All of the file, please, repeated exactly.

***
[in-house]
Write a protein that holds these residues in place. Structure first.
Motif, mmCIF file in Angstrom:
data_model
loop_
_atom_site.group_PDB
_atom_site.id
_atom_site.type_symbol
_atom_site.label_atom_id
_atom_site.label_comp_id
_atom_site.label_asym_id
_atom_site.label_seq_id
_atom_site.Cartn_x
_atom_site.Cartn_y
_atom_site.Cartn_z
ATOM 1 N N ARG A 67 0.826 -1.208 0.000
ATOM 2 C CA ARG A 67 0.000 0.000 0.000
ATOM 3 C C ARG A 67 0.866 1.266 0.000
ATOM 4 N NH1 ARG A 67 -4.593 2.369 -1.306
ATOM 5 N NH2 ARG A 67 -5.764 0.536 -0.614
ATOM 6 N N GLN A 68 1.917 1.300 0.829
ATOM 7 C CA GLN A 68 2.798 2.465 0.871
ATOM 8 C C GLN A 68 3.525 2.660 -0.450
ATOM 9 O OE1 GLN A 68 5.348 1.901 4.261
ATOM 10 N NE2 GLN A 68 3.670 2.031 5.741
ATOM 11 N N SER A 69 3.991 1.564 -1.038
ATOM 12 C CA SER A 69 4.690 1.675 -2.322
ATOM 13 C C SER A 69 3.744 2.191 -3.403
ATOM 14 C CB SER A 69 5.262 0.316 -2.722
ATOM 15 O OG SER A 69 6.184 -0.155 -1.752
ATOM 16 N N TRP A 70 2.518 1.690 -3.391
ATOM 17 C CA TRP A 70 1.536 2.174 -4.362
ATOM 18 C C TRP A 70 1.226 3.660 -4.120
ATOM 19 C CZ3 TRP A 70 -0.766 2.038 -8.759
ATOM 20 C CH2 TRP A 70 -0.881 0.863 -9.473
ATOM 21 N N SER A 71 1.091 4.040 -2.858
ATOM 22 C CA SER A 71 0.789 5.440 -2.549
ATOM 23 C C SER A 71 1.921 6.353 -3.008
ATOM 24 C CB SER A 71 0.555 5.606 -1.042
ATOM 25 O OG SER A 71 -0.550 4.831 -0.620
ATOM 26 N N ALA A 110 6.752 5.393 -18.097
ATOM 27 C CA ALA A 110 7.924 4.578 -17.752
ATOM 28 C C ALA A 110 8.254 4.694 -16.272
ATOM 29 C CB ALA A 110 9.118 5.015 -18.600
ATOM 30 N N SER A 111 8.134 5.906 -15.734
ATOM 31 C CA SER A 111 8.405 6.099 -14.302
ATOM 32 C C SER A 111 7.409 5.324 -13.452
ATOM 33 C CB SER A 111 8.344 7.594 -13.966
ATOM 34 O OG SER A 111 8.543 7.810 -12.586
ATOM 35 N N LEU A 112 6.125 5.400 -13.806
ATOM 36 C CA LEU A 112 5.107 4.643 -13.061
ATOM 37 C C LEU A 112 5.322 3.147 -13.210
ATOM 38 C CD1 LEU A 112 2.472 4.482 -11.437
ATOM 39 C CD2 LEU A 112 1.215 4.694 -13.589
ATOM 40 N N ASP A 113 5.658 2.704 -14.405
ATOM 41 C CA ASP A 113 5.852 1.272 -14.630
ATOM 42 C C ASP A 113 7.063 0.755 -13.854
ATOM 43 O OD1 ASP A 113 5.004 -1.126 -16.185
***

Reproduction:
[in-house]
Write a protein that holds these residues in place. Structure first.
Motif, mmCIF file in Angstrom:
data_model
loop_
_atom_site.group_PDB
_atom_site.id
_atom_site.type_symbol
_atom_site.label_atom_id
_atom_site.label_comp_id
_atom_site.label_asym_id
_atom_site.label_seq_id
_atom_site.Cartn_x
_atom_site.Cartn_y
_atom_site.Cartn_z
ATOM 1 N N ARG A 67 0.826 -1.208 0.000
ATOM 2 C CA ARG A 67 0.000 0.000 0.000
ATOM 3 C C ARG A 67 0.866 1.266 0.000
ATOM 4 N NH1 ARG A 67 -4.593 2.369 -1.306
ATOM 5 N NH2 ARG A 67 -5.764 0.536 -0.614
ATOM 6 N N GLN A 68 1.917 1.300 0.829
ATOM 7 C CA GLN A 68 2.798 2.465 0.871
ATOM 8 C C GLN A 68 3.525 2.660 -0.450
ATOM 9 O OE1 GLN A 68 5.348 1.901 4.261
ATOM 10 N NE2 GLN A 68 3.670 2.031 5.741
ATOM 11 N N SER A 69 3.991 1.564 -1.038
ATOM 12 C CA SER A 69 4.690 1.675 -2.322
ATOM 13 C C SER A 69 3.744 2.191 -3.403
ATOM 14 C CB SER A 69 5.262 0.316 -2.722
ATOM 15 O OG SER A 69 6.184 -0.155 -1.752
ATOM 16 N N TRP A 70 2.518 1.690 -3.391
ATOM 17 C CA TRP A 70 1.536 2.174 -4.362
ATOM 18 C C TRP A 70 1.226 3.660 -4.120
ATOM 19 C CZ3 TRP A 70 -0.766 2.038 -8.759
ATOM 20 C CH2 TRP A 70 -0.881 0.863 -9.473
ATOM 21 N N SER A 71 1.091 4.040 -2.858
ATOM 22 C CA SER A 71 0.789 5.440 -2.549
ATOM 23 C C SER A 71 1.921 6.353 -3.008
ATOM 24 C CB SER A 71 0.555 5.606 -1.042
ATOM 25 O OG SER A 71 -0.550 4.831 -0.620
ATOM 26 N N ALA A 110 6.752 5.393 -18.097
ATOM 27 C CA ALA A 110 7.924 4.578 -17.752
ATOM 28 C C ALA A 110 8.254 4.694 -16.272
ATOM 29 C CB ALA A 110 9.118 5.015 -18.600
ATOM 30 N N SER A 111 8.134 5.906 -15.734
ATOM 31 C CA SER A 111 8.405 6.099 -14.302
ATOM 32 C C SER A 111 7.409 5.324 -13.452
ATOM 33 C CB SER A 111 8.344 7.594 -13.966
ATOM 34 O OG SER A 111 8.543 7.810 -12.586
ATOM 35 N N LEU A 112 6.125 5.400 -13.806
ATOM 36 C CA LEU A 112 5.107 4.643 -13.061
ATOM 37 C C LEU A 112 5.322 3.147 -13.210
ATOM 38 C CD1 LEU A 112 2.472 4.482 -11.437
ATOM 39 C CD2 LEU A 112 1.215 4.694 -13.589
ATOM 40 N N ASP A 113 5.658 2.704 -14.405
ATOM 41 C CA ASP A 113 5.852 1.272 -14.630
ATOM 42 C C ASP A 113 7.063 0.755 -13.854
ATOM 43 O OD1 ASP A 113 5.004 -1.126 -16.185